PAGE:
Grilled Salad: Welcome to your new obsession

grilled salad

I still remember the first time I decided to grill salad. Still in culinary school and just learning about layering flavors, my class was focusing on a duck confit salad, and that dish seemed very heavy for traditional greens. Yet I didn't want to go down the familiar path of a frisee salad. So, I wondered: what if I grilled some romaine? My thought was that the smoky, charred flavor would really complement the duck but not overpower it. Using duck fat and sherry vinaigrette as dressing, I gave it a shot, and it turned out to be a huge hit. I've been grilling salad ever since.


Although I love the taste of grilled greens, I'm the first to admit that not all varieties work when it comes to texture and taste. Romaine hearts are still my go-to, because they're hearty and stand up well to the heat. Young greens and leaf lettuces? Not so much.


But if you get the right kind of lettuce, grilling can be a knockout, since smoky flavors emerge and a little caramelization adds a touch of sweetness. Truly, it's a completely different taste than a fresh salad, which tends to be more of a minor player when you're serving grilled meats and vegetables. With grilled romaine, however, you have the salad taking on a leading role.


To make your own grilled salad, preparation is simple: 


- Remove any loose outer leaves 

- Cut your lettuce lengthwise so you have a flat-cut surface; be sure to leave the root end on to keep the lettuce together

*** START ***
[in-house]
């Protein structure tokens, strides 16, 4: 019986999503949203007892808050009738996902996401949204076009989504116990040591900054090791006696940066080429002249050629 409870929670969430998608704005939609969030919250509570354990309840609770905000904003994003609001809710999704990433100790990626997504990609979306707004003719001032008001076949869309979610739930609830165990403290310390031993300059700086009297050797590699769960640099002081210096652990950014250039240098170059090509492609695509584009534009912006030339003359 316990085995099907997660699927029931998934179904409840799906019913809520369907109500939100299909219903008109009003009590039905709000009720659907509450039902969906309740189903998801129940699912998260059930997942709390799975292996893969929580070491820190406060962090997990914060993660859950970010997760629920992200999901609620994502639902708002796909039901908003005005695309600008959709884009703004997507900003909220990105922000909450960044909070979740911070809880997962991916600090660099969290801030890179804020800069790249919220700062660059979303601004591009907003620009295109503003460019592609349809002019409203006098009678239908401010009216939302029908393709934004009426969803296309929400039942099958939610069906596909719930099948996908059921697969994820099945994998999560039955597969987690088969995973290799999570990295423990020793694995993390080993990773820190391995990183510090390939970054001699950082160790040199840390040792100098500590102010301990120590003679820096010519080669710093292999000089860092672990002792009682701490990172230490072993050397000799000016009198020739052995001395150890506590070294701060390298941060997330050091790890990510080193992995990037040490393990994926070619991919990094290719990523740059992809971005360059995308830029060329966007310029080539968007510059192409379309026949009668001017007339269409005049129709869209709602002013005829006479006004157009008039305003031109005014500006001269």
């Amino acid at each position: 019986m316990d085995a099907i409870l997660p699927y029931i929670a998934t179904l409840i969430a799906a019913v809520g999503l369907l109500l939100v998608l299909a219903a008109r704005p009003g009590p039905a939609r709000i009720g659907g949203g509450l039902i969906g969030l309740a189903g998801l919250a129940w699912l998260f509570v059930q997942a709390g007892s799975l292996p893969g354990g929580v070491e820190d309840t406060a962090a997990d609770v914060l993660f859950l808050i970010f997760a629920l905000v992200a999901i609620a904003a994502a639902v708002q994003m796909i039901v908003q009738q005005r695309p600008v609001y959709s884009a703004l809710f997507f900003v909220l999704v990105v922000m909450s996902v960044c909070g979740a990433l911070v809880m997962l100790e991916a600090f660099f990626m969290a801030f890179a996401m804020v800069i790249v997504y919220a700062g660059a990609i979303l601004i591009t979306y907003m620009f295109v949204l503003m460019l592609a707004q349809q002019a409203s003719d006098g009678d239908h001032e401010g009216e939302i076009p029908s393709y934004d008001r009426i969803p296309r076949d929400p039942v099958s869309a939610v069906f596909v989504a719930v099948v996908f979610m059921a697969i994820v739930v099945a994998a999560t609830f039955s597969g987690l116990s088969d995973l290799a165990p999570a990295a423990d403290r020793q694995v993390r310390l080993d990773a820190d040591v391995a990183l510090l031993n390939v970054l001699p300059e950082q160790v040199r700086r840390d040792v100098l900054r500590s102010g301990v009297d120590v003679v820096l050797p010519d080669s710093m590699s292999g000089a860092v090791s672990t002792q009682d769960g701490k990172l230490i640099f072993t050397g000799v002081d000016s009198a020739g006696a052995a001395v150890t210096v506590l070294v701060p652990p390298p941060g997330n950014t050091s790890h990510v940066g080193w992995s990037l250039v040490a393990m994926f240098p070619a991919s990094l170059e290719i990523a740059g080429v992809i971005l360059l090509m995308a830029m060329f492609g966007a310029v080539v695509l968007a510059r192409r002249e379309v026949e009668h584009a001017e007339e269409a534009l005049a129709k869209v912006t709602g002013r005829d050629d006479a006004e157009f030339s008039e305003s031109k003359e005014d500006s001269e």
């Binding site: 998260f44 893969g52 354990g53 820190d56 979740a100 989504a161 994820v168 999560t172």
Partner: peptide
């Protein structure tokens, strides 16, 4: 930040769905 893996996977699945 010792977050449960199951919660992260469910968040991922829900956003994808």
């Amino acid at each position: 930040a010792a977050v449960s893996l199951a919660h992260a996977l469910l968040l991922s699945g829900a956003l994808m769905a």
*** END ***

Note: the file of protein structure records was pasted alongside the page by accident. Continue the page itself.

- Drizzle with a little oil (a kind that can take high heat)

- Season just before grilling

- Place the cut side down over medium-high heat until grill marks appear, but no more than 60 to 90 seconds

- Flip, and grill another 90 seconds

- Take off grill, transfer to platter, and serve.


It's that easy. Also, it makes for a fun choice for entertaining because you can hold the salad by the stem and munch away. Or you can cut the grilled halves again lengthwise and serve them crisscrossed for a dramatic plated salad.

In terms of cautionary notes, keep in mind that this is a quick process — no walking away while it's grilling. Also, if you over-apply the oil, you could get flare-ups that would scorch the leaves. Finally, if you want to serve the salad warm (my favorite way), ensure that everything else is ready so that you can serve them directly, as they tend to cool quickly.


For dressing, I've served them with nearly every imaginable combination, but my favorites are the duck vinaigrette, a simple balsamic, lemon-caper Caesar-style dressing, as well as creamy ranch and creamy Greek yogurt blue cheese.


With respect to add-ons, diced tomatoes or red bell peppers add a nice cool, contrasting crunch. Grilled stone fruit like peaches, plums, and nectarines are excellent as well as roasted meats (pork or duck) and even grilled flat iron steak, thinly sliced laid over the greens. Just remember that the smoky flavor is an awesome flavor to pair with and leaves you many options. Happy grilling! 


Mike Shannon left the dusty world of mechanical engineering to pursue a verdant, culinary life. He is a Le Cordon Bleu Culinary School graduate and leads the culinary programs at Cooks of Crocus Hill.